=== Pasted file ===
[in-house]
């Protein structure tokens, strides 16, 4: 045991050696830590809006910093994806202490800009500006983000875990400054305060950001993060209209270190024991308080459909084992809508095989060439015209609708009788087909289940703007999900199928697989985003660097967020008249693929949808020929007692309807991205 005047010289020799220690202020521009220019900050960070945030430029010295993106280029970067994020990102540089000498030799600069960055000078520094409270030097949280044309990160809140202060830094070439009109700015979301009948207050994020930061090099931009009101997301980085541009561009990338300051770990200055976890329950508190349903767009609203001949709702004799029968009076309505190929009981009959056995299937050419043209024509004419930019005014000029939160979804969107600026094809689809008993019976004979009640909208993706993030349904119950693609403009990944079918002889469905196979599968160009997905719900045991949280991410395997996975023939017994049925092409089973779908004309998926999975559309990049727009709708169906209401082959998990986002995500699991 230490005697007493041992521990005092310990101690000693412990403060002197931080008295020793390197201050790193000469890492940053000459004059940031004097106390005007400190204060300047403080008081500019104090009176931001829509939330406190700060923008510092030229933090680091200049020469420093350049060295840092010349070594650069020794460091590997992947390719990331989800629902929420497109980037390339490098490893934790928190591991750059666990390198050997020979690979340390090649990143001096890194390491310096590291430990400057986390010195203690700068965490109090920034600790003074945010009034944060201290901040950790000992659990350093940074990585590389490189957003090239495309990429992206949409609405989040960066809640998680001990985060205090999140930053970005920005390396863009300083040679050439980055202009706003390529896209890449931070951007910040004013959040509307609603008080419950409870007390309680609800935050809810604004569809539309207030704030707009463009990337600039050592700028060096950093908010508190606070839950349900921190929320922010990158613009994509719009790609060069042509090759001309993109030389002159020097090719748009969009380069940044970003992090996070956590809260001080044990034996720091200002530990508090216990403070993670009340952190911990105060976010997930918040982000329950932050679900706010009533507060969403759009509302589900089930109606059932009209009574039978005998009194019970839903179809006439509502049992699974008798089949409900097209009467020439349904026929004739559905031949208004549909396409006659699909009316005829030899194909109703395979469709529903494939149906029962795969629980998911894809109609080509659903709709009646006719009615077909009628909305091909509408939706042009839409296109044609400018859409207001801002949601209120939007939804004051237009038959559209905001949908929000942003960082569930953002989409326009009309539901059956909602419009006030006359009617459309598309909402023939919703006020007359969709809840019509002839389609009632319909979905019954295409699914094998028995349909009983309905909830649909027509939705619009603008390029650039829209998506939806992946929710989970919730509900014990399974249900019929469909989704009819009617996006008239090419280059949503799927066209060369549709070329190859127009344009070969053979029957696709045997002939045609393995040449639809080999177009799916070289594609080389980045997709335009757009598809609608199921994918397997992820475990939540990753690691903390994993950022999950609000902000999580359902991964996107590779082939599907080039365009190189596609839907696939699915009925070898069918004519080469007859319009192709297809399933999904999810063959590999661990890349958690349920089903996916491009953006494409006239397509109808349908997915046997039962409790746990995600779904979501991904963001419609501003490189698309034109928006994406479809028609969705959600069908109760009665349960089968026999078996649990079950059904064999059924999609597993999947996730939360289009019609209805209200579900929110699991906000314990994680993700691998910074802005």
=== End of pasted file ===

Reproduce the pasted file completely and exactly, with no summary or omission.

[in-house]
């Protein structure tokens, strides 16, 4: 045991050696830590809006910093994806202490800009500006983000875990400054305060950001993060209209270190024991308080459909084992809508095989060439015209609708009788087909289940703007999900199928697989985003660097967020008249693929949808020929007692309807991205 005047010289020799220690202020521009220019900050960070945030430029010295993106280029970067994020990102540089000498030799600069960055000078520094409270030097949280044309990160809140202060830094070439009109700015979301009948207050994020930061090099931009009101997301980085541009561009990338300051770990200055976890329950508190349903767009609203001949709702004799029968009076309505190929009981009959056995299937050419043209024509004419930019005014000029939160979804969107600026094809689809008993019976004979009640909208993706993030349904119950693609403009990944079918002889469905196979599968160009997905719900045991949280991410395997996975023939017994049925092409089973779908004309998926999975559309990049727009709708169906209401082959998990986002995500699991 230490005697007493041992521990005092310990101690000693412990403060002197931080008295020793390197201050790193000469890492940053000459004059940031004097106390005007400190204060300047403080008081500019104090009176931001829509939330406190700060923008510092030229933090680091200049020469420093350049060295840092010349070594650069020794460091590997992947390719990331989800629902929420497109980037390339490098490893934790928190591991750059666990390198050997020979690979340390090649990143001096890194390491310096590291430990400057986390010195203690700068965490109090920034600790003074945010009034944060201290901040950790000992659990350093940074990585590389490189957003090239495309990429992206949409609405989040960066809640998680001990985060205090999140930053970005920005390396863009300083040679050439980055202009706003390529896209890449931070951007910040004013959040509307609603008080419950409870007390309680609800935050809810604004569809539309207030704030707009463009990337600039050592700028060096950093908010508190606070839950349900921190929320922010990158613009994509719009790609060069042509090759001309993109030389002159020097090719748009969009380069940044970003992090996070956590809260001080044990034996720091200002530990508090216990403070993670009340952190911990105060976010997930918040982000329950932050679900706010009533507060969403759009509302589900089930109606059932009209009574039978005998009194019970839903179809006439509502049992699974008798089949409900097209009467020439349904026929004739559905031949208004549909396409006659699909009316005829030899194909109703395979469709529903494939149906029962795969629980998911894809109609080509659903709709009646006719009615077909009628909305091909509408939706042009839409296109044609400018859409207001801002949601209120939007939804004051237009038959559209905001949908929000942003960082569930953002989409326009009309539901059956909602419009006030006359009617459309598309909402023939919703006020007359969709809840019509002839389609009632319909979905019954295409699914094998028995349909009983309905909830649909027509939705619009603008390029650039829209998506939806992946929710989970919730509900014990399974249900019929469909989704009819009617996006008239090419280059949503799927066209060369549709070329190859127009344009070969053979029957696709045997002939045609393995040449639809080999177009799916070289594609080389980045997709335009757009598809609608199921994918397997992820475990939540990753690691903390994993950022999950609000902000999580359902991964996107590779082939599907080039365009190189596609839907696939699915009925070898069918004519080469007859319009192709297809399933999904999810063959590999661990890349958690349920089903996916491009953006494409006239397509109808349908997915046997039962409790746990995600779904979501991904963001419609501003490189698309034109928006994406479809028609969705959600069908109760009665349960089968026999078996649990079950059904064999059924999609597993999947996730939360289009019609209805209200579900929110699991906000314990994680993700691998910074802005």